Why? I called my mother to encourage her to come to stay with us because Valdosta was in the path. She didn’t want to leave. My mother described that Hermine was pretty bad, but it wasn’t that bad for them. A tree damaged just a corner of the roof. Hermine was also a Category 1 with 80 mph winds where it came ashore and probably down to tropical storm strength where Mom lives. Thankfully Michael came ashore well west of Hermine and tracked away from Valdosta family, so they were spared the worst part. We still have not heard from most of my wife’s Panama City family.

So, while meteorologists were trying to say, “this is going to be really bad,” people didn’t really hear it that way. Mom is someone who took meteorology courses in college and wasn’t getting the message. The UGA one has a timeline defending that the NWS did enough to provide notice.

4 am Monday CDT (October 8): …  there is a real possibility that Michael will strengthen to a major hurricane before landfall.

He also said:

Yes, the rapid intensification was shocking but there was plenty of information hinting or explicitly stating that a major hurricane (even category 4) was possible.

I guess my point is hints are not enough. The reason why stores have prices ending in 99 cents is that one extra cent difference lowers sales because people tend to have the impression it is more expensive. Saying “3 or higher” pins people to think 3, not 4 or 5. This effect, called Framing, is pretty well studied in how people make poor decisions because of it. Even marketers study how to use it to influence shoppers. Maybe if some behavioral economics experiments are done to see show Framing affects the way people interpret meteorological messaging, scientists looking not to overstate what they are seeing may learn they are inadvertently giving people a different impression than intended. It is a struggle to be sure, to find the correct way to communicate this stuff.


Nothing frustrates me more than the non-update. I define it as:

a communication issued within the promised window of time to express the status of nothing has changed and to establish another window for an update.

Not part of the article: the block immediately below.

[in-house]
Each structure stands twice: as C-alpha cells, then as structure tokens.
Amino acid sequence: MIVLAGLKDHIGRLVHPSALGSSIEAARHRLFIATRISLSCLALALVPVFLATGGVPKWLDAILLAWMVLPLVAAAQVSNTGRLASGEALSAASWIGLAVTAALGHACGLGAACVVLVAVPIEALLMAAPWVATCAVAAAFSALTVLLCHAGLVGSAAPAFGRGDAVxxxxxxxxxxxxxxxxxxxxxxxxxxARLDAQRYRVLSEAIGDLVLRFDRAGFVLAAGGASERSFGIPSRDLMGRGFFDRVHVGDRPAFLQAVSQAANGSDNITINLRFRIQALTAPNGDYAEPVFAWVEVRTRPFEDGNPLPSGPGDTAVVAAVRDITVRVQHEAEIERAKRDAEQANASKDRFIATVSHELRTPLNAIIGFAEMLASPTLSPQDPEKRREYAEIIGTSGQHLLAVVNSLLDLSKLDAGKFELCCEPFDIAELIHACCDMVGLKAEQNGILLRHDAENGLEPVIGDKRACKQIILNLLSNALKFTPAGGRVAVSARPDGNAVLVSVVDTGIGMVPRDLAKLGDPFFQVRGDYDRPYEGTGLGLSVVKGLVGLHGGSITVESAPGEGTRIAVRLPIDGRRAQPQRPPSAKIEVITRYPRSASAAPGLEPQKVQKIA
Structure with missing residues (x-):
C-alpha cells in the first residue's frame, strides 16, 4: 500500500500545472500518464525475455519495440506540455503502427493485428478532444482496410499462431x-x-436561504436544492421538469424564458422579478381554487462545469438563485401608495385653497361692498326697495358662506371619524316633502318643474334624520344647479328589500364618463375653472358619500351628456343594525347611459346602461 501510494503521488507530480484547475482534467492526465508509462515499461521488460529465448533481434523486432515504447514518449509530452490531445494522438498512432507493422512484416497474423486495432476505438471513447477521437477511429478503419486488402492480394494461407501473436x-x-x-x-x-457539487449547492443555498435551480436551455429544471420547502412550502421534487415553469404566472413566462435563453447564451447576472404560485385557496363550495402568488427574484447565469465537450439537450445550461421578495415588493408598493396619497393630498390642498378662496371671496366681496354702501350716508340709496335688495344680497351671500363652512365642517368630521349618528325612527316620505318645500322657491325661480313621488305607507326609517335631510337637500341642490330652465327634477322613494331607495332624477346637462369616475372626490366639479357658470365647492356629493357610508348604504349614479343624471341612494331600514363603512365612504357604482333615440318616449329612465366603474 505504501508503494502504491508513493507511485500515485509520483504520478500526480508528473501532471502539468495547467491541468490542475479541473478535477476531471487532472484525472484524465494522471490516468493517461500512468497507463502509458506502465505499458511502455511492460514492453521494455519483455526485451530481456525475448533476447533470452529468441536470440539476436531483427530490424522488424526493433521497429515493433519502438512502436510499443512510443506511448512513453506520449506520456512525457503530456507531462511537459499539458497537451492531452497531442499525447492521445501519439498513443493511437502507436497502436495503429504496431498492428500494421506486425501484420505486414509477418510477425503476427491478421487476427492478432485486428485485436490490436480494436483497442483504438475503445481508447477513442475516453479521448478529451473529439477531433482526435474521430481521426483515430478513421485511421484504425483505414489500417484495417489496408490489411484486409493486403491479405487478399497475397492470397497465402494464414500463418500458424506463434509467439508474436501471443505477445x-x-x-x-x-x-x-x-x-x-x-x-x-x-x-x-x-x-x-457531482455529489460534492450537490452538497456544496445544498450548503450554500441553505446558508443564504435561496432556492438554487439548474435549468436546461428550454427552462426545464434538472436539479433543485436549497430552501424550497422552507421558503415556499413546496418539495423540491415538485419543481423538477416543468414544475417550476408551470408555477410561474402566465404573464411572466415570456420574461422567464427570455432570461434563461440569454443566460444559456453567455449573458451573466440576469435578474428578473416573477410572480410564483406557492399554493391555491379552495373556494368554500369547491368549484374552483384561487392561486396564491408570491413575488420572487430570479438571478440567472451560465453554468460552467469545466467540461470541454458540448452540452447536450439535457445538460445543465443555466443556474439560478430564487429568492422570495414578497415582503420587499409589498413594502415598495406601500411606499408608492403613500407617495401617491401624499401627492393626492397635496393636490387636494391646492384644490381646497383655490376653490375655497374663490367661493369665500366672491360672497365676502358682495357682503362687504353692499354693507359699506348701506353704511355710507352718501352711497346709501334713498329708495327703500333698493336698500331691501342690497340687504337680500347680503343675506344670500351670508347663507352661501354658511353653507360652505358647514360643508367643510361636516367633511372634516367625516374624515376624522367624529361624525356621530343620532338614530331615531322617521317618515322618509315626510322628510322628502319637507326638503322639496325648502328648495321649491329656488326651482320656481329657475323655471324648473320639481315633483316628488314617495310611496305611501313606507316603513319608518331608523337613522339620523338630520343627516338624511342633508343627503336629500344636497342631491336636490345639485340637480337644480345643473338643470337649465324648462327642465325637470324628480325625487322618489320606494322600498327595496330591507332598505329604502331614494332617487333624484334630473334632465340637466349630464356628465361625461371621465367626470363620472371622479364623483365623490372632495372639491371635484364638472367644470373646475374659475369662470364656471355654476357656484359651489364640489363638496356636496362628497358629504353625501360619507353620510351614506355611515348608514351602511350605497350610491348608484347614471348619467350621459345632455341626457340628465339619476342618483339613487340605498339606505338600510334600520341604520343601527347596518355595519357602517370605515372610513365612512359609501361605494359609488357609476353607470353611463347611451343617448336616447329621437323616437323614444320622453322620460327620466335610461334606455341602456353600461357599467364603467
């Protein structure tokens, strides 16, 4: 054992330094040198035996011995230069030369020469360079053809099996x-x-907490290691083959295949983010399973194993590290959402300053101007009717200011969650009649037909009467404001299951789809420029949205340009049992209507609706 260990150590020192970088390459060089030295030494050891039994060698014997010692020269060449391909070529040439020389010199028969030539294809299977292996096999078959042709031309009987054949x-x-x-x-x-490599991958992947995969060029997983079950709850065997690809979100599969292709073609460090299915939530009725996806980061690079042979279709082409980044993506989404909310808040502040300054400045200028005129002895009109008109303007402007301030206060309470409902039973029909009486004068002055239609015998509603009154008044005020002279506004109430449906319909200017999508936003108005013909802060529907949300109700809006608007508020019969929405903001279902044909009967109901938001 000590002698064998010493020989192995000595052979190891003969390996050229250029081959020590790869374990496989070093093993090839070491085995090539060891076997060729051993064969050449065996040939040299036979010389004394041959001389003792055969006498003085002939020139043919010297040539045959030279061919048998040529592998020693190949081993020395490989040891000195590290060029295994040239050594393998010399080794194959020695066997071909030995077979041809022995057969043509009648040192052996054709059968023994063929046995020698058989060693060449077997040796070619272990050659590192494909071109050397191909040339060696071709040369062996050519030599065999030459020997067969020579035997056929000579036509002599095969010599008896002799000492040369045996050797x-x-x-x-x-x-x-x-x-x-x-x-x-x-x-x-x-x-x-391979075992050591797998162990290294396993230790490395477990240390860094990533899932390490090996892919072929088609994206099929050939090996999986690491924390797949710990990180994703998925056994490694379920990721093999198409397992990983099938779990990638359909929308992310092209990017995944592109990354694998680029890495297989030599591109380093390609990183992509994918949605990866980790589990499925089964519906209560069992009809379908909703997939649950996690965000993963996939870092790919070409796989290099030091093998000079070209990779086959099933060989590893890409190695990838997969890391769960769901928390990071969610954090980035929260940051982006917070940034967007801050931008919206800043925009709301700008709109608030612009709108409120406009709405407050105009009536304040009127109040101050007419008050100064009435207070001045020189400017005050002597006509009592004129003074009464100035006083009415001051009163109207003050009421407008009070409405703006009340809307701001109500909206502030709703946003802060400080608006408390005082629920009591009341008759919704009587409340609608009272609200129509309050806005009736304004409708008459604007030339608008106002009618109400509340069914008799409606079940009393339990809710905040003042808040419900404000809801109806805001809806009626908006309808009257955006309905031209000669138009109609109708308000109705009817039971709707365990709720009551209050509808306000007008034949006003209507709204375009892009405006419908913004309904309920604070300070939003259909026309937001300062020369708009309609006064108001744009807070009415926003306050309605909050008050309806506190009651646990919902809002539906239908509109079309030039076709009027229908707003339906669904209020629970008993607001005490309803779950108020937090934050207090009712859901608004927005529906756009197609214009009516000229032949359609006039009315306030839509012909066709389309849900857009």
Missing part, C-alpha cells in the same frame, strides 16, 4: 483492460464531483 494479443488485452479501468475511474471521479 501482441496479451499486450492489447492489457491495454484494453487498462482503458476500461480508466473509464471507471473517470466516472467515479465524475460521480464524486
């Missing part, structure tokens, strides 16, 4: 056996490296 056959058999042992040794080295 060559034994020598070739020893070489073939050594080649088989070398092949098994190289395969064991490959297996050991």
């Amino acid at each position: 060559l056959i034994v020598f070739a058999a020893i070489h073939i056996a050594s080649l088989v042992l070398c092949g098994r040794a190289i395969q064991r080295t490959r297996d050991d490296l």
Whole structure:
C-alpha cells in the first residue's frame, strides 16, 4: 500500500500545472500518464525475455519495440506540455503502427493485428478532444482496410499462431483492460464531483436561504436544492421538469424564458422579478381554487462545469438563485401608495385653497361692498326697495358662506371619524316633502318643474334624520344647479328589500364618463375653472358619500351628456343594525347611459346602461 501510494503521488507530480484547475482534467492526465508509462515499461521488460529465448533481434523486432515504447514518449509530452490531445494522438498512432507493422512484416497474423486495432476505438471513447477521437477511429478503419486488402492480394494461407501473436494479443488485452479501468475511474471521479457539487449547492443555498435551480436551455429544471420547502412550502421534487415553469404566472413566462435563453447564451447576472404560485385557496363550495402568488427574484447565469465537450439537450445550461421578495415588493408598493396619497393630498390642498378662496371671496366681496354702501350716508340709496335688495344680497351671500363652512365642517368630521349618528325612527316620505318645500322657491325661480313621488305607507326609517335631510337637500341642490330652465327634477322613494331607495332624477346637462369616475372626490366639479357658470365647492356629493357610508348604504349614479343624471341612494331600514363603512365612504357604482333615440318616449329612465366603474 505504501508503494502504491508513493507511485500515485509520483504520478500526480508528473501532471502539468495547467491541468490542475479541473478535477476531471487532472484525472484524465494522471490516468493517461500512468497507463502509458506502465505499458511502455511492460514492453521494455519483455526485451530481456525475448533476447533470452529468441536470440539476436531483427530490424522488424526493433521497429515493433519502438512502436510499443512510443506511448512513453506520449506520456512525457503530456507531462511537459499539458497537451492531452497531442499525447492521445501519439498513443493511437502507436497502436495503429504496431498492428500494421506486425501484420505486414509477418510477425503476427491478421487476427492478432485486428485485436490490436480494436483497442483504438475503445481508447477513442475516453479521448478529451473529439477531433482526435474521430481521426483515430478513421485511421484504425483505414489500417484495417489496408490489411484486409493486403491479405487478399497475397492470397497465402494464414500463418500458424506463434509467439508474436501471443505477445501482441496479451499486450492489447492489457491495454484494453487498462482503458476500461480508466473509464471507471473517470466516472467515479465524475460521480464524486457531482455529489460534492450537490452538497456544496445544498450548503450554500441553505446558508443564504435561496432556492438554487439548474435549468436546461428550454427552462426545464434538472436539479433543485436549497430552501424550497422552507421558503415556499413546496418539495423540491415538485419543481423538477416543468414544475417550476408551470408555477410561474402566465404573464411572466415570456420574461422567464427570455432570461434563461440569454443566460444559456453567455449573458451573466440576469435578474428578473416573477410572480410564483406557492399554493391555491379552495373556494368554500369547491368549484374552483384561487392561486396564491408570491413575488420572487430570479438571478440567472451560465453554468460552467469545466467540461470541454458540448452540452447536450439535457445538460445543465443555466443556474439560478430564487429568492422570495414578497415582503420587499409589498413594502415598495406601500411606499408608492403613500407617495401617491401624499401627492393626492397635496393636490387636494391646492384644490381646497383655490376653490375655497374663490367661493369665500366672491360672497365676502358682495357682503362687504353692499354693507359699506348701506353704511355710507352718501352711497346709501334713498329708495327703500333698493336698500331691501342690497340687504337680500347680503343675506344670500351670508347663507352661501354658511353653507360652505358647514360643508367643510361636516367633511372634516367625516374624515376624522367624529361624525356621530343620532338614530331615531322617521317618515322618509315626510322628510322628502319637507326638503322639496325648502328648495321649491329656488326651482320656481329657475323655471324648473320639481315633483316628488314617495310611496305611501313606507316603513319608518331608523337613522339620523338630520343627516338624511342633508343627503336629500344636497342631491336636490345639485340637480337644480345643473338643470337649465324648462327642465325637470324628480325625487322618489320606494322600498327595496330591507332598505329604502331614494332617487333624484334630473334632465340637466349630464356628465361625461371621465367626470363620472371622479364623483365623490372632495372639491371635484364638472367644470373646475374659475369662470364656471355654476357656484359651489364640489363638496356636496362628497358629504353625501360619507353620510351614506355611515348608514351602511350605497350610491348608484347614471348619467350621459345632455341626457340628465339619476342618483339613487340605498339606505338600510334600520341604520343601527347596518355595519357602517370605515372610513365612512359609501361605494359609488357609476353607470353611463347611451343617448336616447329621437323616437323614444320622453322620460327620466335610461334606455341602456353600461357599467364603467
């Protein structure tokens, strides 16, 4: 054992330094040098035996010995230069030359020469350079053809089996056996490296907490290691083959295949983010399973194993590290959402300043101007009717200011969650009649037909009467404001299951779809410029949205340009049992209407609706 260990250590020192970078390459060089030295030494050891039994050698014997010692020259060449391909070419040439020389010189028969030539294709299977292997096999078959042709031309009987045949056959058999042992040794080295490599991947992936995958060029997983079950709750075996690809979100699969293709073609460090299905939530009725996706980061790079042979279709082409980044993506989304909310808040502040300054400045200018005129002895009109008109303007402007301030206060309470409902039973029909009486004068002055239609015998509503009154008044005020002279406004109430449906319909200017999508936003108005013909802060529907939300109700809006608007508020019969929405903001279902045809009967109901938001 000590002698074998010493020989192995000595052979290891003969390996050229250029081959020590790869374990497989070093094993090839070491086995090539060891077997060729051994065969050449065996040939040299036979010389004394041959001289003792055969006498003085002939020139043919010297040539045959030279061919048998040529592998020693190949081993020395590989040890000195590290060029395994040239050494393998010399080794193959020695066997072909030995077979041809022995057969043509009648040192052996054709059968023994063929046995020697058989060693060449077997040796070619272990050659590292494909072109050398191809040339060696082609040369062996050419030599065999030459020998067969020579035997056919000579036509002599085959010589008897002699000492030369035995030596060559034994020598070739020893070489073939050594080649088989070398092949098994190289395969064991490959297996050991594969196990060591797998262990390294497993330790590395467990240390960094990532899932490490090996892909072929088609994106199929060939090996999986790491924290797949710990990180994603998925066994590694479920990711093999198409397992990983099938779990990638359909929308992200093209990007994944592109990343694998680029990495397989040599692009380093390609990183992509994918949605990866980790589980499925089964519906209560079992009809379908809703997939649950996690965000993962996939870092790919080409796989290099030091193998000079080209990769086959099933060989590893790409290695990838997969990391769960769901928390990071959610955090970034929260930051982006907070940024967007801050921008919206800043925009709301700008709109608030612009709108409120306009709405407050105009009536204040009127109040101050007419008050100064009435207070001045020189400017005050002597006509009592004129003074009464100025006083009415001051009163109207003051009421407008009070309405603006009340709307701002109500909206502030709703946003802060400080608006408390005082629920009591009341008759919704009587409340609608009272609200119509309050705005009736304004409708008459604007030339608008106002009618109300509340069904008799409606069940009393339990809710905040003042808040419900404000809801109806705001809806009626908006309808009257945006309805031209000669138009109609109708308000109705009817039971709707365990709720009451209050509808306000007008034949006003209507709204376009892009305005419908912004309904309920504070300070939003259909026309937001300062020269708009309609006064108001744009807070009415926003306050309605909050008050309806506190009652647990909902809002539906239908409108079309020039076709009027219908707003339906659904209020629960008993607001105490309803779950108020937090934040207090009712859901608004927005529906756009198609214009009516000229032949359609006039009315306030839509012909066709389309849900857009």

I am patient and willing to wait for a real update. When I see an email from someone I am waiting to hear from, there is the surge of dopamine in anticipation of a completed task. Only to receive the disappointment of that surge of neurotransmitters being falsely exerted. I feel betrayed. Well, not at first, but when I’ve been strung out over and over, I come to feel like they are terrible at their job.

Save yourself the trouble.

  1. If you think you can have an update for me tomorrow, then give yourself an extra day. If you think you can this week, then give yourself an extra week.
  2. If there are obvious difficulties present such as your people are at an all week meeting, then do not commit during that event. Give me a time after it is over.
  3. If there is any likely stumbling block, then let me know ahead of time rather than after which sounds like an excuse. A vendor told me on a Monday they would have something for me that week only for me to find out the next week the system needed went down for upgrades and would be down two weeks. As soon as they learned it would be down, I should have been told rather than have to learn about it later.
  4. Hedge by giving me a range of time. “I’ll try to have this to by x. but it might be as long as y.”



Trying to get a price quote from a vendor. It has been two full weeks. The first week plus was confusion within their organization who should be working on it. See, back in April they reclassified our account, so we got a different representative, which is fine. But four months later, they should not be repeatedly trying to have the old one work on the quote. Only when the old one realized that we were not his client did it get shifted to the correct person.

However, three days since then I just realized that I have not seen anything from our representative that he is in indeed aware of the quote, confirming what is supposed to be in the quote, or providing the estimated time it should take to provide us a quote.

Hopefully, I am not a narcissist, but this lack of acknowledgment made me nervous the request had been overlooked. After yet another poke of the vendor, we did finally get a quote. Overall, it was two weeks, one hour, 28 minutes later after the initial request. I hate to nag, but I also hate to allow the request to be overlooked. The acknowledgment lets me know the fulfiller knows about it and it not being done is due to something else.

Automatic For the People